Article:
...so I slackened the stern rope, tightened the bow rope and decided to have lunch...while I watched to make sure I didnt get hooked up under a branch and sink the boat......
Lunch was sweet n sour pork and fried rice... ( leftovers from dinner the night before)

Birds were few and far between and I had  4-5 groups of birds, mainly females, fly in and land but couldnt get a shot at the drakes before they departed.

While sitting and waiting for the next drake to arrive I noted a white bird about a kilometre away heading straight towards me. At first I thought it was a Royal Spoonbill Heron as there is a small population in this area........but as it got to within 200m I realised it was a White Heron or Kotuku .......Grabbing my phone and keeping very still, I was hoping it would hold its course and fly directly over me. There is only one breeding colony in NZ which is located almost 1000 kilometres away on the West Coast of the South Island and they were almost wiped out by 1941 as their feathers were highly prized. The breeding colony was down to 4 pairs before they became protected and they have slowly recovered since then and there is now a NZ population of around 120 birds. ( They are still classed as Critically Endangered over here) After breeding the birds scatter throughout NZ and it is extremely rare to see one. I was not to be disappointed as it held its course and flew past about 30m away.........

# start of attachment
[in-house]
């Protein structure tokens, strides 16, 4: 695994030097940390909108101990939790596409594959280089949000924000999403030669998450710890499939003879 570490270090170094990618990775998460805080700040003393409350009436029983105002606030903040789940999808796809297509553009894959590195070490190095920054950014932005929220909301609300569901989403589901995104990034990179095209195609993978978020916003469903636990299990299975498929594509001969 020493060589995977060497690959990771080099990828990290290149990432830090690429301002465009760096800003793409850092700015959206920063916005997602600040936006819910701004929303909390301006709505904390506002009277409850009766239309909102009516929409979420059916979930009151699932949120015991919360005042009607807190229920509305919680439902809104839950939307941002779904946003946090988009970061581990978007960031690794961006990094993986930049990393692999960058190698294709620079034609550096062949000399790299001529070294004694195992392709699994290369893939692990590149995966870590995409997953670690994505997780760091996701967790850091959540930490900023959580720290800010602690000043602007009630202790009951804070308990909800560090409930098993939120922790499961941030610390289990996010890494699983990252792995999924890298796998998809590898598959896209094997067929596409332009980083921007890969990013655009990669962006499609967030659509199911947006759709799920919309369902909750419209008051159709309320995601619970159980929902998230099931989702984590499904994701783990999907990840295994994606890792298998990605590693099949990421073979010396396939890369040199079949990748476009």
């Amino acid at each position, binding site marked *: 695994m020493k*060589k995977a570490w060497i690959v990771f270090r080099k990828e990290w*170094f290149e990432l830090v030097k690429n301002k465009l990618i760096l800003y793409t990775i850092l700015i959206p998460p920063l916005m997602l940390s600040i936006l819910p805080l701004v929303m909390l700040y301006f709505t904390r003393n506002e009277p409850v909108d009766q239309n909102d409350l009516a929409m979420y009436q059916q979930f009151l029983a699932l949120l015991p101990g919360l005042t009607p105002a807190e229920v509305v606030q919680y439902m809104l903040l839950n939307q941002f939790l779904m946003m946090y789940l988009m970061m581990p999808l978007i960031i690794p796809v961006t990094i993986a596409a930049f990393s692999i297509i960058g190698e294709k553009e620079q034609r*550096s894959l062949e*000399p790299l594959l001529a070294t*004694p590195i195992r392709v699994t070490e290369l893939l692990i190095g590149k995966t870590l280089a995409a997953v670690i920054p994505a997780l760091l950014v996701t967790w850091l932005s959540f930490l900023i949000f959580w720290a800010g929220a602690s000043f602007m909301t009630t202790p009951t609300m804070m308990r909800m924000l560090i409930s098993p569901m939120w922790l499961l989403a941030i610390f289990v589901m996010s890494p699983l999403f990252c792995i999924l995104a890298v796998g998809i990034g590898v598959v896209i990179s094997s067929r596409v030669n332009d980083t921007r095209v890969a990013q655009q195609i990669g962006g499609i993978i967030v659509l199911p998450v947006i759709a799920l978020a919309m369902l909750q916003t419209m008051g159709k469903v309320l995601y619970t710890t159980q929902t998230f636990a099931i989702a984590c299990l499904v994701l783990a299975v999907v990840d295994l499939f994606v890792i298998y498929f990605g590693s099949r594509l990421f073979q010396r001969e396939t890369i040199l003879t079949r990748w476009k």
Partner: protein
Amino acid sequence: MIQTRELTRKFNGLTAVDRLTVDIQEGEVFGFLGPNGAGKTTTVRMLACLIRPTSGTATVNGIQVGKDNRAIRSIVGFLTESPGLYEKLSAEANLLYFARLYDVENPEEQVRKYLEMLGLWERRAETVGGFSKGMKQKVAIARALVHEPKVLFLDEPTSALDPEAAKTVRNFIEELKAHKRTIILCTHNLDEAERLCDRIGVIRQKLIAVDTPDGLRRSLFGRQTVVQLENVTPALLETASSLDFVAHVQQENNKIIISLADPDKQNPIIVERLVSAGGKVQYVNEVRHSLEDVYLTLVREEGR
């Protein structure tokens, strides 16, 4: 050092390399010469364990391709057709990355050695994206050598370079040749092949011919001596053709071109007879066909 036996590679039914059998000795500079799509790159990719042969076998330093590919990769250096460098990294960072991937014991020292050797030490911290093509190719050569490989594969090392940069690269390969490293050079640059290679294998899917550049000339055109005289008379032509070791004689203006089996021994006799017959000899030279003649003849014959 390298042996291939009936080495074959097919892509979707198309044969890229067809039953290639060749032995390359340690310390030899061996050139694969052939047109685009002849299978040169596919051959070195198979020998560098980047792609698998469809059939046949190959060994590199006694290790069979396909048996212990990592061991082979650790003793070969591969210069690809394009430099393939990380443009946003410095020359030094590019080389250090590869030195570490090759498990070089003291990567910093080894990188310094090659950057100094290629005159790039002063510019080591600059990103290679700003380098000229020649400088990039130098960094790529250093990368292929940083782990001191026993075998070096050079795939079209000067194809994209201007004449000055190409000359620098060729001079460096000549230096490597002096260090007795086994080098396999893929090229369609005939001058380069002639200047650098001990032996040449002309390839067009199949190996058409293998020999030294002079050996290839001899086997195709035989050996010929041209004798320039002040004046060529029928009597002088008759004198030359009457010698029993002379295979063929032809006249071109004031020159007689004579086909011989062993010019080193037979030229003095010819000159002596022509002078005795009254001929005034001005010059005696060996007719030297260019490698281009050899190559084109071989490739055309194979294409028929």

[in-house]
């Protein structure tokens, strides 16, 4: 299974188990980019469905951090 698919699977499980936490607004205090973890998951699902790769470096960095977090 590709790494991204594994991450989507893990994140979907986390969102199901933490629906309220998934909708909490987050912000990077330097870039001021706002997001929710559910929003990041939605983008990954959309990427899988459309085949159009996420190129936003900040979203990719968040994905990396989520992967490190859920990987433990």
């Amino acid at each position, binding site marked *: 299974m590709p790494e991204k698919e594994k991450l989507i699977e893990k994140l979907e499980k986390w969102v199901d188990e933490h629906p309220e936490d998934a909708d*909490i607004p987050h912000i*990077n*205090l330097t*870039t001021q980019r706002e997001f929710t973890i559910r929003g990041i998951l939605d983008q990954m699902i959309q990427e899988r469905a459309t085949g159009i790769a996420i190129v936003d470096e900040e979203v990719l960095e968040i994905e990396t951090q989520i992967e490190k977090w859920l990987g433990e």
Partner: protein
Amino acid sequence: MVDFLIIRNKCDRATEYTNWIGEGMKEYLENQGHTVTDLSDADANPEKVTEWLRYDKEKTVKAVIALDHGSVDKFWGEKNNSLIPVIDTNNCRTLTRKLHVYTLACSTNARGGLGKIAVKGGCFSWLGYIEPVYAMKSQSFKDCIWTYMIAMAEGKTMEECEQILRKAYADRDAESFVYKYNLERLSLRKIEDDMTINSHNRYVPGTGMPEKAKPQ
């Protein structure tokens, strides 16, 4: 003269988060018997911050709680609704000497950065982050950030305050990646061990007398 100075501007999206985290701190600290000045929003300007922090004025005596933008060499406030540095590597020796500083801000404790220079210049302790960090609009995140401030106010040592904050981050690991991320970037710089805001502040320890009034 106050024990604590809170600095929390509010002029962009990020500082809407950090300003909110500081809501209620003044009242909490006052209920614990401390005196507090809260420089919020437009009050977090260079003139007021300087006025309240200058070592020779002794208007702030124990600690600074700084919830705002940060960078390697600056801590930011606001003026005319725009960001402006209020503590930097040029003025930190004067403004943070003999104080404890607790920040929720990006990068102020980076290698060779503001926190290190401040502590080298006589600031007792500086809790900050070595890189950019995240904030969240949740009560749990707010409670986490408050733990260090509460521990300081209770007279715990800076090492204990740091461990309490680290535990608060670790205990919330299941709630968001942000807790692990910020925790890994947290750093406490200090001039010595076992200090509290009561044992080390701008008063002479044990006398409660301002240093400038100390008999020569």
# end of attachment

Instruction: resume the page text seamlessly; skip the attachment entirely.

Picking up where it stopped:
Here are the 2 original pics I took on my mobile.......

And here is a cropped closeup of the second pic.......
Maori legend refers to these birds as 'He Kotuku Rerenga Tahi' which means "a white heron's flight is seen but once". It is used to indicate a very special and rare event. This is only the second one I have seen in my lifetime, the first was about 28 years ago just after my Grandmother passed away and it was  at a distance of about 300m. Maybe its just coincidence but seeing one a short time after my cousin passed away made me think..............

The tide finally started to drop and I knew it was time to leave cos while it looks like these birds are walking on water, it indicated that if I stayed any longer I would be stuck there for another 11 hrs....Lol.


Plus when I looked behind the boat I could see that I had almost outstayed my welcome...


Nek minit, a single drake flew past with the wind up his tail going like hell, a single call had him drop the airbrakes and peel off  into a steep dive over the decoys. He crumpled at the shot and crashed into the midddle of the decoys. It was a bit of a struggle getting the boat off the mud into the drain and I broke my paddle doing it but I finally picked up the last drake, got the decoys into the boat and headed back to the ramp.
5 Drakes and an awesome time, the highlight being able to see and photograph a Kotuku, a very rare event.

Still enjoying the trip of a lifetime and making the best of what I have.....